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Abstract: The Korean War remains conspicuously absent from assertions by the US that it is done with forever wars, but the war remains a fact of life that Koreans live with every day. It continues in other ways too.
U.S. President Joe Biden recently declared that “for the first time in 20 years, the United States is not at war. We’ve turned the page.” “And as we close this period of relentless war,” he continued, “we’re opening a new era of relentless diplomacy.”
Was that the end-of-war declaration that South Korean President Moon Jae-in was waiting to hear?
When Biden made his solemn proclamation at the United Nations General Assembly on September 21, 2021, he was referring to the end of the US war in Afghanistan. Since the US military has withdrawn from Afghanistan, Biden reasoned, the US is no longer at war. The Biden administration had already declared it would bring an end to “forever wars” in its national security strategy. That included the 20-year war in Afghanistan, “the longest war in US history” by the administration’s count.
The Korean War, which has technically lasted for 70 years, didn’t appear on the list of forever wars. Despite Biden’s promise to end forever wars, the end of the Korean War was not mentioned anywhere in his national security strategy. For Biden, the Korean War doesn’t exist. Nor is it part of his national security strategy to end it. Considering that the war is not even referred to in his national security strategy, Biden is at least being logical that he does not need to mention the need to end it.
The day after Biden spoke at the UN, New York Times reporter Mark Mazzetti skewered the president’s speech.1 Mazzetti observed that Biden may have pulled troops out of Afghanistan, but he hasn’t ended America’s wars, not even in the Middle East. Just one day earlier, an American drone fired a missile at al-Qaeda forces in Syria. Three weeks before that, the US dropped bombs on the al-Shabab militant group in Somalia. There are still 2,500 American troops in Iraq and 900 in Syria. More than 40,000 American troops are carrying out operations in the Middle East. Biden himself has declared that the US can exercise military power whenever it deems necessary, including Afghanistan.
Mazzetti was right. The US remains at war on multiple fronts. But Mazzetti also got it wrong. He mentioned several countries where the US is waging war, but the Korean War was absent from his list as well. The US has been at war with North Korea since 1950. It continues to station troops in South Korea as part of that war, and not long ago, it carried out a joint military exercise with the South Korean military. And it continues to impose far-reaching economic and political sanctions on North Korea.2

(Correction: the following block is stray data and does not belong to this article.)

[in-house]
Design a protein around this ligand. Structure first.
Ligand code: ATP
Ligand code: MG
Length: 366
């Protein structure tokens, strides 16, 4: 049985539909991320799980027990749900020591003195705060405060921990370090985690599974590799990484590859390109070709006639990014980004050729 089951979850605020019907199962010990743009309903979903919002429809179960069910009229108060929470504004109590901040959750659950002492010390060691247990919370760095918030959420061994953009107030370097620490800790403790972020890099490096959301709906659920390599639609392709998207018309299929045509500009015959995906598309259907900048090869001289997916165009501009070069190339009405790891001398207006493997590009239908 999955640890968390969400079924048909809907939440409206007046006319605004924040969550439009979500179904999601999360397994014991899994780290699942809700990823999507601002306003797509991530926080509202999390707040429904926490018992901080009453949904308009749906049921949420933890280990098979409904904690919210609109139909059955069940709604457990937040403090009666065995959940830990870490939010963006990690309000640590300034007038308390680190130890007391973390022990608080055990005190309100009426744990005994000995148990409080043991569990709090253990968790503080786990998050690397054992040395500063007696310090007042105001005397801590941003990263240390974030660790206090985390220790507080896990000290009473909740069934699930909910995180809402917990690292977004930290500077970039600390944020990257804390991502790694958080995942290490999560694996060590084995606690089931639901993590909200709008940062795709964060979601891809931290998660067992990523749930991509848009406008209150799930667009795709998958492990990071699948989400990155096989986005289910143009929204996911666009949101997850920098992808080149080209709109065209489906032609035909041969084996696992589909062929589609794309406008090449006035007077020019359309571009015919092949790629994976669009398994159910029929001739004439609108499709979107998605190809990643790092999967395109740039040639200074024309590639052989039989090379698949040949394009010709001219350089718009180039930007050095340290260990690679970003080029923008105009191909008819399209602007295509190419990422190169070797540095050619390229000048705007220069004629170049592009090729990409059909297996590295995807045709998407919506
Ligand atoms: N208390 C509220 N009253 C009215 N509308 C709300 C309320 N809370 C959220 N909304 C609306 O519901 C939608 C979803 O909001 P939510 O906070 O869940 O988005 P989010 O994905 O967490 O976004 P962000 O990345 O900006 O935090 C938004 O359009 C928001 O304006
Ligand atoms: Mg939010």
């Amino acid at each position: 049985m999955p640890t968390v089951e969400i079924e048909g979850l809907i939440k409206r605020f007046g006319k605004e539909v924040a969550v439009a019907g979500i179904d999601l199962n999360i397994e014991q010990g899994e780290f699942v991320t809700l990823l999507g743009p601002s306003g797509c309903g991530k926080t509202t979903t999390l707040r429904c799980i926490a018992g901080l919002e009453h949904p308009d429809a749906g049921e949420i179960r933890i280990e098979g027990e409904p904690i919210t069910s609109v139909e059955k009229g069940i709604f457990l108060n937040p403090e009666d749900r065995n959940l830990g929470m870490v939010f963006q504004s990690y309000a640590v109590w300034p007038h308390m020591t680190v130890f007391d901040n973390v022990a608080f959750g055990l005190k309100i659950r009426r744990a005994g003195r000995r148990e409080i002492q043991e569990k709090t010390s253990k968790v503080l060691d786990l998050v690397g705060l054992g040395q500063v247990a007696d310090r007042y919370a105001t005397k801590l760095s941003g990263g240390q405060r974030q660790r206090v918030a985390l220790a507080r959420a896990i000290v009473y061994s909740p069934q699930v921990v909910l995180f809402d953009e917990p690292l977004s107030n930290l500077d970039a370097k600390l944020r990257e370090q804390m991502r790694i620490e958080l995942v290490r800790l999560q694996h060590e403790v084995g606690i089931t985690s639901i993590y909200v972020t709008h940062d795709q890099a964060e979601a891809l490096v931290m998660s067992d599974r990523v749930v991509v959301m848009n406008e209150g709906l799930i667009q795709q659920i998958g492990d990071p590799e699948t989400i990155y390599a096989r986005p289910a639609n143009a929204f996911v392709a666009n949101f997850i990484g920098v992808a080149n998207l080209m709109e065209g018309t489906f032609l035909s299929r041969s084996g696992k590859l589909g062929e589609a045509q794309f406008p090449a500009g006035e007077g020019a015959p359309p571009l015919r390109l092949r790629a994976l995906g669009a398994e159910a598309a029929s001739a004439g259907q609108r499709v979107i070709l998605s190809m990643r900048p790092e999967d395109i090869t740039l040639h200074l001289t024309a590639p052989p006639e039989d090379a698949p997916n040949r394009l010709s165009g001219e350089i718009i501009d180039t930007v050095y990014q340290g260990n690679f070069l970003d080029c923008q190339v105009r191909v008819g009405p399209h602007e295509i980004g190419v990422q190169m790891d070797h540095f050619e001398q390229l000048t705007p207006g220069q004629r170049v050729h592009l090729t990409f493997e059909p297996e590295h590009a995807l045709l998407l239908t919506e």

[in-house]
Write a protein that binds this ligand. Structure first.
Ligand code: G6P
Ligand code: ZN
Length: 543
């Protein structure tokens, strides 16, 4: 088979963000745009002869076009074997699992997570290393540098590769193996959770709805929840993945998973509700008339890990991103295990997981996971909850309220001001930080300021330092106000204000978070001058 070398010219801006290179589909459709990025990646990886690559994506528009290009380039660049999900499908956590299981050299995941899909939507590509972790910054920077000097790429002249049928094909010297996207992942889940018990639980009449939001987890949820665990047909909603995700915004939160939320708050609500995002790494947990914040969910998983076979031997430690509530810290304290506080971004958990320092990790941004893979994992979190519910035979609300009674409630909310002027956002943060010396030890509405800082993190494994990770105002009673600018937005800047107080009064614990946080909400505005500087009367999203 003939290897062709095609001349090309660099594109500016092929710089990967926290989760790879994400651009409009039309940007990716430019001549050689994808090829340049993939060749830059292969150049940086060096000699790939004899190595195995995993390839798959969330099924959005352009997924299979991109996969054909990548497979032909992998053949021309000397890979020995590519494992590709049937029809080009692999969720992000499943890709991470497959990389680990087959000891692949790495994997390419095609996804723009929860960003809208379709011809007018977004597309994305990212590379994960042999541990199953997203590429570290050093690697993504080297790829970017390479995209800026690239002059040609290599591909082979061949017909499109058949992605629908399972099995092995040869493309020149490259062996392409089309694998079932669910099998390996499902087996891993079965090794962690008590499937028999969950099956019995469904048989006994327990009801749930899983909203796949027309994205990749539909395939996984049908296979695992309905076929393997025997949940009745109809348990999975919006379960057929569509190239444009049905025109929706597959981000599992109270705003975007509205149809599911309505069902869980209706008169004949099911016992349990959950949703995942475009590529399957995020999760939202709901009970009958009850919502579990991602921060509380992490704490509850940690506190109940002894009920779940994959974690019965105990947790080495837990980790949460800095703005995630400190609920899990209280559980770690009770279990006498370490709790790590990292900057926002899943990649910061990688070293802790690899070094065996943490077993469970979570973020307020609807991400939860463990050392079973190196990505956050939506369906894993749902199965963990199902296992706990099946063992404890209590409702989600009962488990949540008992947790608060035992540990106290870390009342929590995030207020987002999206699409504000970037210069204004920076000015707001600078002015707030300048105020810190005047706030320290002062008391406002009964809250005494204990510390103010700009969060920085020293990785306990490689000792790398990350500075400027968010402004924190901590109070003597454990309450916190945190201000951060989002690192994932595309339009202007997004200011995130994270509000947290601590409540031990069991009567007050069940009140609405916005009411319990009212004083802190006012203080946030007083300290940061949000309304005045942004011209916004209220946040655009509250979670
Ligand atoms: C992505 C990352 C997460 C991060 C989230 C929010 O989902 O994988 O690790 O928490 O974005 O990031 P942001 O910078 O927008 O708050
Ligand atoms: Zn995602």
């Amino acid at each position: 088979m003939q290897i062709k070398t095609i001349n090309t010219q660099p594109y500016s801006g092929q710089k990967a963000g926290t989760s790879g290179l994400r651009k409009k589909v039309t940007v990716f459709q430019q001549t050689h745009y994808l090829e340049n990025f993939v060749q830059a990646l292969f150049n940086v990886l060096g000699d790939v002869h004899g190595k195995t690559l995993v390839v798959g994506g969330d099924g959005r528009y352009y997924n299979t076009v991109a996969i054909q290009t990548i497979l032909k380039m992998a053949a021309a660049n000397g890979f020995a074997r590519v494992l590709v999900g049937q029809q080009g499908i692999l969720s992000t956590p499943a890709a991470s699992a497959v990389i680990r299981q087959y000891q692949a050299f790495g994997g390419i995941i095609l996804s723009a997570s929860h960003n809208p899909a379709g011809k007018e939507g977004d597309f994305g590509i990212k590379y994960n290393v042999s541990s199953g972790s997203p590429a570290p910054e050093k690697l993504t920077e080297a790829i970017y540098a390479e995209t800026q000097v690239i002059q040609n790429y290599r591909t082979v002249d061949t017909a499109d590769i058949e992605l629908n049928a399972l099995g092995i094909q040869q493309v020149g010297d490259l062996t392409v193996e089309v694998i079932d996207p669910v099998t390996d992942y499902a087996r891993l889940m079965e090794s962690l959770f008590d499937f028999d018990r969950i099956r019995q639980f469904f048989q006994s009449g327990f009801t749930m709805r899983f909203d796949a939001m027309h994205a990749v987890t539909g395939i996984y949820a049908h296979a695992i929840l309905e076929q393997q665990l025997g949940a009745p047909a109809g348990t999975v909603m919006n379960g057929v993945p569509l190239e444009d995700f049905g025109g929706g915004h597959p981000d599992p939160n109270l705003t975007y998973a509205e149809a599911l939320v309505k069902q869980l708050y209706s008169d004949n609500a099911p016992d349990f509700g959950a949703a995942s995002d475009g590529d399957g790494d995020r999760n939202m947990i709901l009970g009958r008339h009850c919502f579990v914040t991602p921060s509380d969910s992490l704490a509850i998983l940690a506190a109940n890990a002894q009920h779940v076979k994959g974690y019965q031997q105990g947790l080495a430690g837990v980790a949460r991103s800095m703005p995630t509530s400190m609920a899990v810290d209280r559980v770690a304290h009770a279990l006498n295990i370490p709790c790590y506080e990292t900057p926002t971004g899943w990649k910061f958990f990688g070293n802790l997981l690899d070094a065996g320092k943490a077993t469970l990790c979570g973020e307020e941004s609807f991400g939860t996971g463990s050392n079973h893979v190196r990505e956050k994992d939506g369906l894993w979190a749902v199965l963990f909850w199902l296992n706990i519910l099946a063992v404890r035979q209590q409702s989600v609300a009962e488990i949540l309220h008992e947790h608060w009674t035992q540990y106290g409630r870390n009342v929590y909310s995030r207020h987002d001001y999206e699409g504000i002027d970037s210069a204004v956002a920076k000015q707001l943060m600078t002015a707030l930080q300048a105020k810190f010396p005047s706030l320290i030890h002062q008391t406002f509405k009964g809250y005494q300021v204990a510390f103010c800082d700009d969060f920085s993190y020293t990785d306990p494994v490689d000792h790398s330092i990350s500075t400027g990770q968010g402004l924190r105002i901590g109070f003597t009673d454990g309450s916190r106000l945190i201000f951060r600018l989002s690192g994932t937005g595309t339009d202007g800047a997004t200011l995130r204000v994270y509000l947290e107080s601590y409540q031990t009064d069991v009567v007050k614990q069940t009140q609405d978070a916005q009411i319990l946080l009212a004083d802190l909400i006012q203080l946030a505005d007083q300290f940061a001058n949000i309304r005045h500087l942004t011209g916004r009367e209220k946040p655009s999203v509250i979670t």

Mazzetti’s not the only one to make that mistake. Andrew Bacevich is another, despite being critical of American military interventions in other countries. A West Point graduate and former officer in the US military, Bacevich, now the President of the Quincy Institute, spoke out against President George W. Bush’s invasion of Iraq. In various books he has recounted American military interventions in numerous places since World War II, describing these as “forever wars.”3 He conceptualized what he calls the “Washington rules” that bind the US to perpetual warfare.4
But even Bacevich makes only a few passing references to the Korean War and does not pay due attention to the war that played a decisive role in establishing those “rules.” The Korean War reversed the precipitous fall of the US defense budget after World War II. The budget has never returned to the pre-war level since. The future of NATO was in doubt until the Korean War, which solidified it as a military alliance. Japan, which had been occupied since its defeat in World War II, regained its independence and formed an alliance with the U.S. during the Korean War under the US-Japan Security Treaty. Robert Jervis makes a prescient observation that “it took the Korean War to bring about the policies that we associate with the cold war” although he could not have anticipated, in 1980 when he wrote his analysis, that many of these policies including high defense budgets would remain in place long after the end of the cold war.5
While John Ikenberry describes the postwar order established by the US as the “liberal international order,” it would be more appropriate to call it a realist international order based on power, as John Mearsheimer argues.6 That defense budget, that military power, those alliances, and that international order are still in effect today with a hefty increase in the first Biden defense budget and a focus on China and the Asia-Pacific. Even if these corner stones of the postwar international order can all be traced back to the Korean War, neither liberal Ikenberry nor neorealist Mearsheimer mentions the historical origin. And none of the analysts mentioned above talks about the fact that the Korean War has never ended.
The Korean War is no longer part of American public discourse: There’s no need to declare the end of a nonexistent war. In this manner, the US is able to quietly maintain the world order. Is it possible that part of the “Washington rules” was perhaps inadvertently betrayed by US Deputy Assistant Secretary of State Mark Lambert recently? When asked about an end-of-war declaration in a virtual symposium organized by the Institute for Corean-American Studies on September 23, Lambert said the US didn’t want to give North Korea a wrong impression. “Our concern is that we not give a false narrative to the North that in any way shape or form, that would jeopardize our troop presence in South Korea or the ROK-US alliance.”7
President Moon Jae-in speaking at the UN General Assembly, September 2021.